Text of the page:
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23 Apr 2004 09:14
A team of South African and international scientists working in the Barberton area, Mpumalanga, has found evidence of microbial life as old as 3,5-billion years in volcanic glass.
The scene for this find was set in the early 1990s when two of the team members, Norwegian scientist Harald Furnes and Hubert Staudigel, an American, analysed volcanic glass on ocean floors and found micro-tunnels that had been etched out by bacteria in search of nutrients.
Later, in Cyprus, they found these etched tunnels again, this time in uplifted ocean rock 85-million years old and again in Norwegian ocean rocks 400-million years old.
This excited their interest in searching for signs of life in even older rocks, so they contacted Maarten de Wit of the University of Cape Town and made plans to explore the Barberton mountain range, an area in which De Wit has been working for 25 years.
“Barberton sits in a natural mega-donga,” says De Wit.
“Itâ€™s like a giant window into the earth.”
Starting about 100-million years ago, there was geological uplift in the Barberton region. As the rivers flowed in new directions, they gouged out deep channels in the rock, eroded the escarpment and exposed a belt of ancient rock, the Barberton greenstone belt.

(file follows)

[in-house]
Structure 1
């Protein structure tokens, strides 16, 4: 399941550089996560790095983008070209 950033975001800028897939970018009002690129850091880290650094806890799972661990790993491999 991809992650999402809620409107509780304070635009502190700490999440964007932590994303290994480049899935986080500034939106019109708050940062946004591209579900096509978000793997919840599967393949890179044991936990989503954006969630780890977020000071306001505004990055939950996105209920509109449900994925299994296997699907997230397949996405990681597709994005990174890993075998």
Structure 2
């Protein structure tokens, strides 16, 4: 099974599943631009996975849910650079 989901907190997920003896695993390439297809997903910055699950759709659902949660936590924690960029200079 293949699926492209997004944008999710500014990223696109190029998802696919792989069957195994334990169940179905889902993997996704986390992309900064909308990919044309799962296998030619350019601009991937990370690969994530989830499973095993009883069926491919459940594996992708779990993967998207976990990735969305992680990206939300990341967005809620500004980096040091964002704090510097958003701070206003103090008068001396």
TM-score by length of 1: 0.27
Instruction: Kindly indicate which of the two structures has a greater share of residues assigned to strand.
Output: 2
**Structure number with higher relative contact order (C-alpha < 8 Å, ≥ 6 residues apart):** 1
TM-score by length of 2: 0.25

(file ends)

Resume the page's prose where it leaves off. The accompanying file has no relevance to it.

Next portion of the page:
When thick lava surfaces in the ocean it forms pillows. The outer rim cools very quickly into volcanic glass and the inner lava cools more slowly to form basalt.
These pillow structures are still visible in the Barberton greenstone belt, a mixture of deep sea and surface lava — and it is here, in the rims of the pillow lava, that the research team found tiny preserved micro-tunnels.
These tunnels were filled with fine titanite crystals. After they had formed, minute chlorite crystals grew across them. From similar ancient rocks elsewhere, De Wit and his team know that those chlorite crystals were likely to have grown about 3,48-billion years ago leading the team to believe that the micro-tunnels are at least 3,48-billion years old.
Bacteria have a particular carbon isotope signature, a particular ratio of carbon 12 to carbon 13. The research team has no doubt that the carbon in the tunnels is biological. In the Barberton greenstone belt they believe they have found conclusive proof of microbial life nearly 3,5-billion years old.
Scientists vary in what they accept as evidence of early life, but widely accepted research dates stromatolites — which are mats of cyanobacteria, or the oldest known life — to be at least three billion years old.
The most significant aspect of this research, according to De Wit, is that it has broadened the search for early life.
The teamâ€™s paper is published in Science Magazine this week
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